When the Department of Health and Human Services Office for Civil Rights slaps hospitals with a hefty fine for a data breach, from where does that money ultimately come?
Tom Walsh, founder and managing partner of tw-Security, contends that since IT is widely viewed as a cost center, and information security, in turn, is overhead to IT, it’s among the first things executives cut from the budget.
“Fining an organization is like me tying one of your hands behind your back and saying ‘now get out there and fight the good fight,’” Walsh said. “Don’t tie their hands behind their back.”
Matt Fisher, a partner with law firm Mirick O’Connell, added that “imposing fines on any organization is arguably not sustainable,” but said that penalties do help to change hospital’s behavior.
More HIPAA audits coming
Walsh was careful not to lay the blame solely on OCR. Hospitals that consciously decide to build a new luxury lobby, for instance, instead of encrypting laptops are at fault when they experience a data breach. And executives making that decision should be held accountable.
Fisher said that the HIPAA fines happen only in a vast minority of cases and OCR takes the entity being penalized into consideration — though the bulk of settlement work is handled behind the scenes.
“The fines out there,” Fisher said, “there’s arguably no rhyme or reason to the amount imposed.”
That said, hospital executives should expect OCR to conduct more HIPAA audits moving forward. OCR senior advisor Linda Sanches said late last year at the Healthcare IT News Privacy & Security Forum that the agency will conduct on-site audits in 2017.
“OCR hasn’t yet audited to a significant degree,” said Pamela Hepp, an attorney with the healthcare practice at Buchanan, Ingersoll & Rooney. “Some of our clients have received an initial request, but haven’t been audited. It will take some time.”
That’s time that Walsh said the federal government and the healthcare industry can use to rethink its approach entirely.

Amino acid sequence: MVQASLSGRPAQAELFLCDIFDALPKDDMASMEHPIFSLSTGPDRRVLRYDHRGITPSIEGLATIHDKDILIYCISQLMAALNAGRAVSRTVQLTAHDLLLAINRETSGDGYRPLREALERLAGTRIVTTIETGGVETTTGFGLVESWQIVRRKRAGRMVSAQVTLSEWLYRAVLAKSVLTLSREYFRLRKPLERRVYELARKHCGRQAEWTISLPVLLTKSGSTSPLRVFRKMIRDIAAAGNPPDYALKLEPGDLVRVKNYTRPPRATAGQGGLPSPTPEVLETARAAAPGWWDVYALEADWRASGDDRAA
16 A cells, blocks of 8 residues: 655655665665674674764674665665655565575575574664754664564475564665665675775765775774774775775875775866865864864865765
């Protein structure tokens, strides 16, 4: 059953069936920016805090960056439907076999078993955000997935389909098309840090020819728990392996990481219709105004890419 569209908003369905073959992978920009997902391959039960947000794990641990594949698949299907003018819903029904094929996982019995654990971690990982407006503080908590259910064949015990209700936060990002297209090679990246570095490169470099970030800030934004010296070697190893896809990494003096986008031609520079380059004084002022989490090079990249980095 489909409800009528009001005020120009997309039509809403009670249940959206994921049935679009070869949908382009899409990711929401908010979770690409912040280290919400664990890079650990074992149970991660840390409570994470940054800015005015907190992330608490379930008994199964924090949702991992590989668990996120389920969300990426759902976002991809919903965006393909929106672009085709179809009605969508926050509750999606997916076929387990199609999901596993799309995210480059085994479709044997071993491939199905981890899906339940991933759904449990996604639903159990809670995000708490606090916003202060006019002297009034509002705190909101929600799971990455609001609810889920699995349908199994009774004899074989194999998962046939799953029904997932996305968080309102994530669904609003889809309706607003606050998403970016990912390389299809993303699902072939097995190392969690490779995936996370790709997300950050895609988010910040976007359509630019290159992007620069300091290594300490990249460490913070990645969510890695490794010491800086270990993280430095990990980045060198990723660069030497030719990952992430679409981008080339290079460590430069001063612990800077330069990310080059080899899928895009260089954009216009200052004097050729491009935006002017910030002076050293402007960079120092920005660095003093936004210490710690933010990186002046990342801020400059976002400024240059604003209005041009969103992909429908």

Escrow accounts and HIPAA certification
OCR’s goal of making sure we’re indeed protecting patient data and the HIPAA rule is actually being implemented correctly is an honorable and necessary endeavor, Walsh said. But the execution — and the revenue generation OCR needs — could both be handled more effectively.
Walsh presented two ideas. The first is for OCR to fine hospitals, but instead put that money into escrow and release some of it back when hospitals meet certain criteria, like the current corrective action plans typically part of the settlement.
The second idea Walsh offered is a voluntary certification program in which vendors and healthcare providers pay to validate that they are in fact complying with HIPAA — much the way that hospitals and other companies have to meet certain PCI standards for credit card processing.
Fisher said that such a certification program would most likely need to be outsourced and might struggle to generate enough revenue to sustain itself. Either or both options would, of course, depend on successfully generating the revenue OCR needs without crippling hospitals operating budgets.
“We’re in this quagmire where we have to make a decision: is this a sustainable model for getting our industry into shape or not?” Walsh said. “We can rethink this to get what OCR needs and make healthcare more secure.”
In the meantime, as Fisher said, hospital executives and information security professionals should know that HIPAA breach fines are here to stay, and they should plan accordingly.